Cropped Modesty: Iran's High-Tech Tricks for Censoring American Movies

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After failing to keep films away from culture-loving Iranians, the Islamic Republic is trying some new, if clunky, techniques for editing the West out of Western entertainment.

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An American film in its original form, left, and modified by Iranian censors, right. (CaffeCinema.com)

The Islamic Republic of Iran has been at war with the cinema since even before its founding. Ayatollah and future dictator Ruhollah Khomeini, in his years as a revolutionary, condemned movies in both of his books as forces of foreign corruption and imperialism. Many of the clerics who helped foment revolution in Iran in the 1970s declared movies forbidden and denounced them, sometimes forcefully. In late 1978, a small group of radical Islamists locked the doors of the Cinema Rex movie house in the city of Abadan and set it on fire, killing 400. After the revolution the following year, 180 more movie theaters (though now empty) were burned to the ground. In his first year in power, Khomeini banned 513 foreign films.


But people really like movies, and Iranians are no exception. The long Persian tradition of art and poetry has perhaps informed Iran's passion for film; in 1995, Werner Herzog declared, "What I say tonight will be a banality in the future: The greatest films of the world today are being made in Iran." The regime seems to have realized that foreign films were going to trickle into the country whether they permitted it or not, so perhaps better to "bring [the movies] under their own jurisdiction," as a report by the advocacy group Article 19 put it. 

That means censoring foreign movies instead of banning them outright, and even broadcasting them widely enough that people won't feel it's worth their time to track down an uncensored version. The censors, offensive though their mission may be, don't have an easy job. There are 37 rules, laid out in 1983, 1993, and 1996 laws, detailing the ideas and images banned from movies. Many pertain to women: no close-ups of their faces, no makeup, no exposed necklines; men and women can't sit closely, appear to be alone together, touch, or exchange "tender words or jokes." Veiled women, bearded men, policemen, and soldiers can't be portrayed negatively without "a good excuse." No booze, no profanity against religion (yes, Iran protects faiths other than Islam), or neck ties, which are seen as a symbol of foreign culture. Oh, and no sorcery -- sorry, Harry Potter.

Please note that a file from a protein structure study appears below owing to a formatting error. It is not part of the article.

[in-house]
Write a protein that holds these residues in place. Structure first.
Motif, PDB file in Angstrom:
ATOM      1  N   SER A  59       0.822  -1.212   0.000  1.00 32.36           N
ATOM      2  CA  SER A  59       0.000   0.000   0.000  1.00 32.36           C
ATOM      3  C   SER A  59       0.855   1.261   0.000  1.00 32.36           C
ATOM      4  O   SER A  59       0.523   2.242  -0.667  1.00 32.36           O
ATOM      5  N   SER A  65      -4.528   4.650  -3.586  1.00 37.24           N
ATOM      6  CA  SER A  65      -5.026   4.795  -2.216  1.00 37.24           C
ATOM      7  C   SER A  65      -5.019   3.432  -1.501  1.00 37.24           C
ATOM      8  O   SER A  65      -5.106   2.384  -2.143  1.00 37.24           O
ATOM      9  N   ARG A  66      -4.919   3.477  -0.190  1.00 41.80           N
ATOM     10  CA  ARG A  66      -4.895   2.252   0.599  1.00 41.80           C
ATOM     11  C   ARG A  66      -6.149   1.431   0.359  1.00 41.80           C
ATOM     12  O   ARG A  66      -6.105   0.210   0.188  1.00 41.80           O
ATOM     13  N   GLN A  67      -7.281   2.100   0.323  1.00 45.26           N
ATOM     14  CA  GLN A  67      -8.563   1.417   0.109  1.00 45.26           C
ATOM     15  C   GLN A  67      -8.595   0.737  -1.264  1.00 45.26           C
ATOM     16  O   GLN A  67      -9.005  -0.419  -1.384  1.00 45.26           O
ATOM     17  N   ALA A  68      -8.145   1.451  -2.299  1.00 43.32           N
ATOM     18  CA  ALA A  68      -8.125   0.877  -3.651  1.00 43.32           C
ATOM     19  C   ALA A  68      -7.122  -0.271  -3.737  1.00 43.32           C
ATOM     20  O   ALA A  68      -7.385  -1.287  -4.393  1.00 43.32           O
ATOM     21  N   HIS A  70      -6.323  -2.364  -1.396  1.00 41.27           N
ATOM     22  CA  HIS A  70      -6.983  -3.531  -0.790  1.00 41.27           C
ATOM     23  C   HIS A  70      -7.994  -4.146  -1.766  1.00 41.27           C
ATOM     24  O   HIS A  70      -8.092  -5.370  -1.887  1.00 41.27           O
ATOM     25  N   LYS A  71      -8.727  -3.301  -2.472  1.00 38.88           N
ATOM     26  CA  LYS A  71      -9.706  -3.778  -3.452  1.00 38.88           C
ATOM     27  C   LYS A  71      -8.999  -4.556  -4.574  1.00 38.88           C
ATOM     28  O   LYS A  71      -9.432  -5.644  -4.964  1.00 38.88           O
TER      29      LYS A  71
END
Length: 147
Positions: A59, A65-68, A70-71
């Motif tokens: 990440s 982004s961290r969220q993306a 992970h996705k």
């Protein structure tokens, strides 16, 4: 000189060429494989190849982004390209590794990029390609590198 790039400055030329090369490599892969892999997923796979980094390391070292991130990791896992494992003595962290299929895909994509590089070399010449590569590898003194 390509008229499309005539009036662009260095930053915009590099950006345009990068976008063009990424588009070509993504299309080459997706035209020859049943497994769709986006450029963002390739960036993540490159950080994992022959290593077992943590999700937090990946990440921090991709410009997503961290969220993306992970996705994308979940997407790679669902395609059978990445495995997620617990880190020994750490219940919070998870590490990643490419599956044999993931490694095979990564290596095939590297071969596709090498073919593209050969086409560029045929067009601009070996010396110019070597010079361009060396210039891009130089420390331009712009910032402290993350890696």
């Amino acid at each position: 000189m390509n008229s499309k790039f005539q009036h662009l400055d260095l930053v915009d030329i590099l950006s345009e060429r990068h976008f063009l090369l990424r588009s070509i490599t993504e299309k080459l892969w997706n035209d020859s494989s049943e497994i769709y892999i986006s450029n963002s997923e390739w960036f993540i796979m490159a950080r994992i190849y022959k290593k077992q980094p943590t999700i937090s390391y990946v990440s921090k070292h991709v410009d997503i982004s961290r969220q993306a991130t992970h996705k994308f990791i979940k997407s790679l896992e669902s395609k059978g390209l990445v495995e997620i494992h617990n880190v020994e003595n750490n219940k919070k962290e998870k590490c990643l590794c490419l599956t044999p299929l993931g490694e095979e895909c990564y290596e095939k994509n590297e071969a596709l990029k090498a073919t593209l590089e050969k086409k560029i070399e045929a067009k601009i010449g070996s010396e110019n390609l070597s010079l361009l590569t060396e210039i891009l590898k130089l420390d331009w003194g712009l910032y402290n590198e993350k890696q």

Censoring foreign movies used to mean simply pulling out the scissors, cutting away inappropriate scenes and shots until the film was a good deal shorter and made a lot less sense. But, in 2010, Iranian authorities acquired new technology allowing them to manipulate images and dialogues into Islamic inappropriateness. 

"Romantic dialogue is often changed. For example, it isn't proper for a woman to say to her partner, 'I love you,'" Iranian journalist Reza Valizadeh explained to Radio Free Europe's Golnaz Esfandiari in a 2010 interview. "It's clear how dialogue about sexual proposals is dealt with -- they are changed to marriage proposals. Also we see that beer becomes lemonade on state television and whiskey becomes orange juice. Also dialogue about politics is often changed."

Censors will sometimes edit immodest images -- whether it's a man and woman sitting too closely, someone drinking a cocktail, or even an open neckline -- by cutting the offending person or object or by simply placing some visual obstacle. The Iranian film fan site CaffeCinema.com put together a series of side-by-side comparisons showing the before-and-after of this new censorship technique. Yes, that's Talladega Nights: The Ballad of Ricky Bobby in there. Some of the efforts here are almost impressively subtle, but others, well, let's just say there seem to be a lot of clunky vases in the censors' world.

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We've only been able to identify the film in the top image; the aforementioned Will Ferrell NASCAR comedy (how that translates into any non-American culture, much less Iran's, is a mystery to me). If you're able to pick any of them out, please let us know in the comments.

The censored images are another indication of how seriously Iran takes the "infiltration" of foreign culture; the regime there has variously banned coffee shops, pop music, and certain hair styles in their quest to isolate Iranians from the outside world. But this isn't Afghanistan or Saddam's Iraq or North Korea, and there's really only so much the Islamic Republic can do to separate its long-worldly people from arts, culture, and entertainment. Little compromises like these silly seeming censorship techniques are a reminder of how difficult, and maybe how futile, that quest really is.
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Max Fisher is a former writer and editor at The Atlantic.

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